Hemodilution on cardiopulmonary bypass as a determinant of early postoperative hyperlactatemia

Marco Ranucci, Giovanni Carboni, Mauro Cotza, Paolo Bianchi, Umberto Di Dedda, Tommaso Aloisio

Research output: Contribution to journalArticlepeer-review

Abstract

Objective: The nadir hematocrit (HCT) on cardiopulmonary bypass (CPB) is a recognized independent risk factor for major morbidity and mortality in cardiac surgery. The main interpretation is that low levels of HCT on CPB result in a poor oxygen delivery and dysoxia of end organs. Hyperlactatemia (HL) is a marker of dysoxic metabolism, and is associated with bad outcomes in cardiac surgery. This study explores the relationship between nadir HCT on CPB and early postoperative HL. Design: Retrospective study on 3,851 consecutive patients. Measurements and Main Results: Nadir HCT on CPB and other potential confounders were explored for association with blood lactate levels at the arrival in the Intensive Care Unit (ICU), and with the presence of moderate (2.1 - 6.0 mMol/L) or severe (> 6.0 mMol/L) HL. Nadir HCT on CPB demonstrated a significant negative association with blood lactate levels at the arrival in the ICU. After adjustment for the other confounders, the nadir HCT on CPB remained independently associated with moderate (odds ratio 0.96, 95% confidence interval 0.94-0.99) and severe HL (odds ratio 0.91, 95% confidence interval 0.86-0.97). Moderate and severe HL were significantly associated with increased morbidity and mortality. Conclusions: Hemodilution on CPB is an independent determinant of HL. This association, more evident for severe HL, strengthens the hypothesis that a poor oxygen delivery on CPB with consequent organ ischemia is the mechanism leading to hemodilution-associated bad outcomes.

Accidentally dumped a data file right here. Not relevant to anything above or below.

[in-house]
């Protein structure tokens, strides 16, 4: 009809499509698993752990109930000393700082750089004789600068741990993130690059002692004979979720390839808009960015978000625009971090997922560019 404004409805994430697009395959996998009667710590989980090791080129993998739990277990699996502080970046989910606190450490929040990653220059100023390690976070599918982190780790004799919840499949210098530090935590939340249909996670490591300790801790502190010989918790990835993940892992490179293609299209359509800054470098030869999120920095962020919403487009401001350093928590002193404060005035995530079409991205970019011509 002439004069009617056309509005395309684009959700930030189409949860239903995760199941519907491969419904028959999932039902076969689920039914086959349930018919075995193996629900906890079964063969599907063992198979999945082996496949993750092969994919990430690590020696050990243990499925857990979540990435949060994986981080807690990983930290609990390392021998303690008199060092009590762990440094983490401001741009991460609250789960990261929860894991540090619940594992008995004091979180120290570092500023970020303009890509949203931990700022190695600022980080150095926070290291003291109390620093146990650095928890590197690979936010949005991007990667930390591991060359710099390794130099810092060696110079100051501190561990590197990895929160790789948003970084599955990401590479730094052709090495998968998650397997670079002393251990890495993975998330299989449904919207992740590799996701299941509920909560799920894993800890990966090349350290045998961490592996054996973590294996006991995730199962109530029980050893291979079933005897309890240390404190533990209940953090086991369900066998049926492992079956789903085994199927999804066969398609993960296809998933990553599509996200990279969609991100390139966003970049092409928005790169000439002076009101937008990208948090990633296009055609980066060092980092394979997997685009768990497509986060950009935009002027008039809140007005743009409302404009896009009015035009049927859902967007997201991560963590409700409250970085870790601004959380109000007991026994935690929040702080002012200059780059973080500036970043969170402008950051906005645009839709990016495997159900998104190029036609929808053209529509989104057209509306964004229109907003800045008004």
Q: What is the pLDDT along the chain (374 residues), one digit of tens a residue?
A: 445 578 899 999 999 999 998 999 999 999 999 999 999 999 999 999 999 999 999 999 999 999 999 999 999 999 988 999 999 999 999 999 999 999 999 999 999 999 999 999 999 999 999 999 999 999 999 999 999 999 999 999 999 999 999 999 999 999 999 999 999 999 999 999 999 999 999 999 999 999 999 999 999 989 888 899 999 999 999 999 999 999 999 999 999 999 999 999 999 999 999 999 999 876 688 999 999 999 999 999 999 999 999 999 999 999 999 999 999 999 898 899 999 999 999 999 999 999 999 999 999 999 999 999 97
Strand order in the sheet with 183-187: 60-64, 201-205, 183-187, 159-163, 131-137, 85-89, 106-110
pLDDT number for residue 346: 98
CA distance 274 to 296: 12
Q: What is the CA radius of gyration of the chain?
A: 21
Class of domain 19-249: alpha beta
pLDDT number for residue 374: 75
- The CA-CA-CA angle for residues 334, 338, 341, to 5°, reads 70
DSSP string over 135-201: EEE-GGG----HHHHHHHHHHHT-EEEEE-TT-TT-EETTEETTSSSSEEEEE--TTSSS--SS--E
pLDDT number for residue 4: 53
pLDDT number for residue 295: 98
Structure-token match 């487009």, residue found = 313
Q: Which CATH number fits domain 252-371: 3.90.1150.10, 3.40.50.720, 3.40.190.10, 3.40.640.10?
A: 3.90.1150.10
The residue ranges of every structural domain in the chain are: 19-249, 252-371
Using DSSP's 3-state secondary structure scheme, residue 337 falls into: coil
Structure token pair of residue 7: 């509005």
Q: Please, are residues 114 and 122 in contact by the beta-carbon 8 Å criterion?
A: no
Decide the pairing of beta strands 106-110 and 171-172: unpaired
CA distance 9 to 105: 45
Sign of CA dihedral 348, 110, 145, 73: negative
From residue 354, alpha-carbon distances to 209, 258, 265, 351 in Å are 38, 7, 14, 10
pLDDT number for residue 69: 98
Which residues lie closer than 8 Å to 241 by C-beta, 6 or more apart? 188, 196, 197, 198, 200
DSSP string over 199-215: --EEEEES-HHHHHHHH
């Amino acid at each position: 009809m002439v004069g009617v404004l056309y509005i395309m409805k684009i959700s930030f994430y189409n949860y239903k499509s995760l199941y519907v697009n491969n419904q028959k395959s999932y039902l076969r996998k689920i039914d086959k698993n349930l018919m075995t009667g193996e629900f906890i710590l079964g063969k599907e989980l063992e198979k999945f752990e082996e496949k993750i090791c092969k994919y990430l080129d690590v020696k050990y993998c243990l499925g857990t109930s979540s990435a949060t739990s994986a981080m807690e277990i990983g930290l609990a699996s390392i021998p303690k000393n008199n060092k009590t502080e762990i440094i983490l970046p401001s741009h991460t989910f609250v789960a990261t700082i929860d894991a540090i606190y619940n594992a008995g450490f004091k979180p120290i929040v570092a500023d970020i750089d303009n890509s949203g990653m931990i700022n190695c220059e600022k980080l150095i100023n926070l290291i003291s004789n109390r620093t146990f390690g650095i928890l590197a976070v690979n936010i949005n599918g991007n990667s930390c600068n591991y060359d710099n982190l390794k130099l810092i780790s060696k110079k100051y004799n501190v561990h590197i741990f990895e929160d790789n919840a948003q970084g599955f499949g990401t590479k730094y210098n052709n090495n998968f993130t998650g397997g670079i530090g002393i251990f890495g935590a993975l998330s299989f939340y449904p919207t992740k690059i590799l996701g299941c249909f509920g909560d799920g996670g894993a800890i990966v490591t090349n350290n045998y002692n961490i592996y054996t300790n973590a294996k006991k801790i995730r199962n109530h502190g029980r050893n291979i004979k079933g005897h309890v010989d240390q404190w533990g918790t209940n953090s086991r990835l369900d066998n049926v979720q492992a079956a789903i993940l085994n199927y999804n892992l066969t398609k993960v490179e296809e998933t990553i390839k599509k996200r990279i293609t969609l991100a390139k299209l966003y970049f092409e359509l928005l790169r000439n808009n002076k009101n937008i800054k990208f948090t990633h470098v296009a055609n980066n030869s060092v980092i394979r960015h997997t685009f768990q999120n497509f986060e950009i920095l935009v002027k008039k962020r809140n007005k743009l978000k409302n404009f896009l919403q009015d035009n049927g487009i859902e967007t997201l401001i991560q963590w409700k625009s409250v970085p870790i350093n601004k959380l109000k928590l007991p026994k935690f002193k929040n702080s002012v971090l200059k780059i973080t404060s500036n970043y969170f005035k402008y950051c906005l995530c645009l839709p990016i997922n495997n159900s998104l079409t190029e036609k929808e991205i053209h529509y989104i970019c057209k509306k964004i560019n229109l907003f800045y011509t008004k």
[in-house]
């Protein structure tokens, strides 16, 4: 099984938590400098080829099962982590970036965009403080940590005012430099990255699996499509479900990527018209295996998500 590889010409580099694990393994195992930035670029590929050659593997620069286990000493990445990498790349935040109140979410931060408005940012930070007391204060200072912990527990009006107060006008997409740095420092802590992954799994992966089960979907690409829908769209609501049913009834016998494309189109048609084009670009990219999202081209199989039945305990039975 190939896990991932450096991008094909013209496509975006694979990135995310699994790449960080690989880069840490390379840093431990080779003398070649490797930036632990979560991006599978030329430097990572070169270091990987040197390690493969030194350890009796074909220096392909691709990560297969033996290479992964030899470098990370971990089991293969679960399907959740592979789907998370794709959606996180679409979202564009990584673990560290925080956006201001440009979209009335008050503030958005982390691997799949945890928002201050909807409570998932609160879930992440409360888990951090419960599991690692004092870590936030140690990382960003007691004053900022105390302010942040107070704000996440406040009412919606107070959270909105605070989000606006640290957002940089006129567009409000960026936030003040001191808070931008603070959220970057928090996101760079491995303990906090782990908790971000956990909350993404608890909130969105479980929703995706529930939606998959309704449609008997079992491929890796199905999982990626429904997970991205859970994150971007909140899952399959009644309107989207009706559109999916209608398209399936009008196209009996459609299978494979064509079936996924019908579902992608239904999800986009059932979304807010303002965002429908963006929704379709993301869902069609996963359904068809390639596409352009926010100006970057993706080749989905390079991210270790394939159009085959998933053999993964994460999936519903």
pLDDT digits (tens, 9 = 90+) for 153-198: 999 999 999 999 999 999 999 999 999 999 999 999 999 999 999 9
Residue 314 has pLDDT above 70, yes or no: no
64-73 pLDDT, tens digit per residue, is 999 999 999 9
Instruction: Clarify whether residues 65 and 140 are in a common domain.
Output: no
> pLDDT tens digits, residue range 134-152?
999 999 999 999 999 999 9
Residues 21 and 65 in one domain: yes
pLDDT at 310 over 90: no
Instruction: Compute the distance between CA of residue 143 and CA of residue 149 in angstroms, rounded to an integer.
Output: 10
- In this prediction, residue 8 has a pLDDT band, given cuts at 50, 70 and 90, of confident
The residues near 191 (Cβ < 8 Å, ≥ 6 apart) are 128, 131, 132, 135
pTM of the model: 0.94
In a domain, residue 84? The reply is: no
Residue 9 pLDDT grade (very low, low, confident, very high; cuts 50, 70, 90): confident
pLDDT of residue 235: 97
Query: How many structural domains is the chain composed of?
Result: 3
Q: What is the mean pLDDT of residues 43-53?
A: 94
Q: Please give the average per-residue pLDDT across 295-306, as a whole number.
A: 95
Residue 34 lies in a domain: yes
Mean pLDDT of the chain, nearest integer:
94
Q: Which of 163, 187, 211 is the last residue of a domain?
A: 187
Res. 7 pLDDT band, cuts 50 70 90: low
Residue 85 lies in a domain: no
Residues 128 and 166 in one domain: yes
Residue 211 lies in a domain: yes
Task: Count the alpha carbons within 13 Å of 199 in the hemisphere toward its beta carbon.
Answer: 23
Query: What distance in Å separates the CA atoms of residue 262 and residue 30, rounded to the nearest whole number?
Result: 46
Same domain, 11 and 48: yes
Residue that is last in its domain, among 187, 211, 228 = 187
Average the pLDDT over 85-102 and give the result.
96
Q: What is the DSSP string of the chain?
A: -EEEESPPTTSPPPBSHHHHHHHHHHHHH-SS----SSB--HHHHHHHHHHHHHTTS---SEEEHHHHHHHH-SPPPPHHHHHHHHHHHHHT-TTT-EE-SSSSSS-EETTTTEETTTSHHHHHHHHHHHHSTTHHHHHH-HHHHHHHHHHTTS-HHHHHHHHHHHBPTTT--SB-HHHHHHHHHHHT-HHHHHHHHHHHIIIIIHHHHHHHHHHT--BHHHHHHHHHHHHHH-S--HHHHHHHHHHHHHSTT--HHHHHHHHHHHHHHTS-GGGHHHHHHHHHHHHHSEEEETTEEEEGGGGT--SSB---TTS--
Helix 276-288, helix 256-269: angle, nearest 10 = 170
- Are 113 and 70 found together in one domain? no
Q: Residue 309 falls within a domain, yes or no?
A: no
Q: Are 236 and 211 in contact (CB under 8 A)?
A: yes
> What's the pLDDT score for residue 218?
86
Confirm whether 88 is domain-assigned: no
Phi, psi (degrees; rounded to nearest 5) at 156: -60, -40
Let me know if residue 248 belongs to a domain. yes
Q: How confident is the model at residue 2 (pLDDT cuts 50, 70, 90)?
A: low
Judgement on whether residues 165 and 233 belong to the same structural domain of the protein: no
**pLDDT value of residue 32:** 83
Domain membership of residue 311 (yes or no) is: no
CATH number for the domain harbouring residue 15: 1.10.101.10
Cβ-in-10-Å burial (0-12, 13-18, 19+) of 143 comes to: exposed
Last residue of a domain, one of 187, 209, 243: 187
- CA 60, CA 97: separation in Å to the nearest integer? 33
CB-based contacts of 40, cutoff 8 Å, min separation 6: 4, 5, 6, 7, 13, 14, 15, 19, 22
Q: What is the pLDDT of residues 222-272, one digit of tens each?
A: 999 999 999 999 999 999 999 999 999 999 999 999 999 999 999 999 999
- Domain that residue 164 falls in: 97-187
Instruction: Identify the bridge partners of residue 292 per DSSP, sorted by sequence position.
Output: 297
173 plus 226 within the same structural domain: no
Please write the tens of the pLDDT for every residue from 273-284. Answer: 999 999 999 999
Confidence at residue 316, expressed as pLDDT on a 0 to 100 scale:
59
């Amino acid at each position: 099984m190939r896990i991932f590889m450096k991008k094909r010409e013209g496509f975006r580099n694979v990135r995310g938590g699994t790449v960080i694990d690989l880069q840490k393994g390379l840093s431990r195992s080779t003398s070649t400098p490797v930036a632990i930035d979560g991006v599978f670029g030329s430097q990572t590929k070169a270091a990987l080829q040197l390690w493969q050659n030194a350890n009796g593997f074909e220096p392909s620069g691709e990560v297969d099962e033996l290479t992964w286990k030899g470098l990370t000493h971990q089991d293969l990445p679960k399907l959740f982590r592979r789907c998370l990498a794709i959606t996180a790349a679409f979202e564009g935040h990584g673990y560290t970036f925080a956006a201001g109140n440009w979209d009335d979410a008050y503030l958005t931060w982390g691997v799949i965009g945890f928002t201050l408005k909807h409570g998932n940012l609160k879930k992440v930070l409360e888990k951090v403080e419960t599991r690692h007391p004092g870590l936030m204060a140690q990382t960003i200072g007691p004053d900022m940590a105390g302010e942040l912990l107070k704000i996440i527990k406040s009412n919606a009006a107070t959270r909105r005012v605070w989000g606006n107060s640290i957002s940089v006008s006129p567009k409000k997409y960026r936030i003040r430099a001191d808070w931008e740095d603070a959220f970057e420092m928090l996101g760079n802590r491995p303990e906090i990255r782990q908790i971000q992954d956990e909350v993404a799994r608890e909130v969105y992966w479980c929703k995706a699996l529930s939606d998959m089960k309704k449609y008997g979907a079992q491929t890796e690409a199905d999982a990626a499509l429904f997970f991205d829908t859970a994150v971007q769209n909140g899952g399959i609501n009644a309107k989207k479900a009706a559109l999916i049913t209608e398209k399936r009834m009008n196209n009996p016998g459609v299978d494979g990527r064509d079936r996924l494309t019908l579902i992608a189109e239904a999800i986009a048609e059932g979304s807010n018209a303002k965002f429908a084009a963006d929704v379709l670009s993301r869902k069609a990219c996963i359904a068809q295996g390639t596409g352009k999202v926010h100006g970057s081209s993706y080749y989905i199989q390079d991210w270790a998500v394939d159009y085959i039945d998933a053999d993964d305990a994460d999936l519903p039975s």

Original languageEnglish
Article numbere0126939
JournalPLoS One
Volume10
Issue number5
DOIs
Publication statusPublished - May 18 2015

ASJC Scopus subject areas

  • Agricultural and Biological Sciences(all)
  • Biochemistry, Genetics and Molecular Biology(all)
  • Medicine(all)

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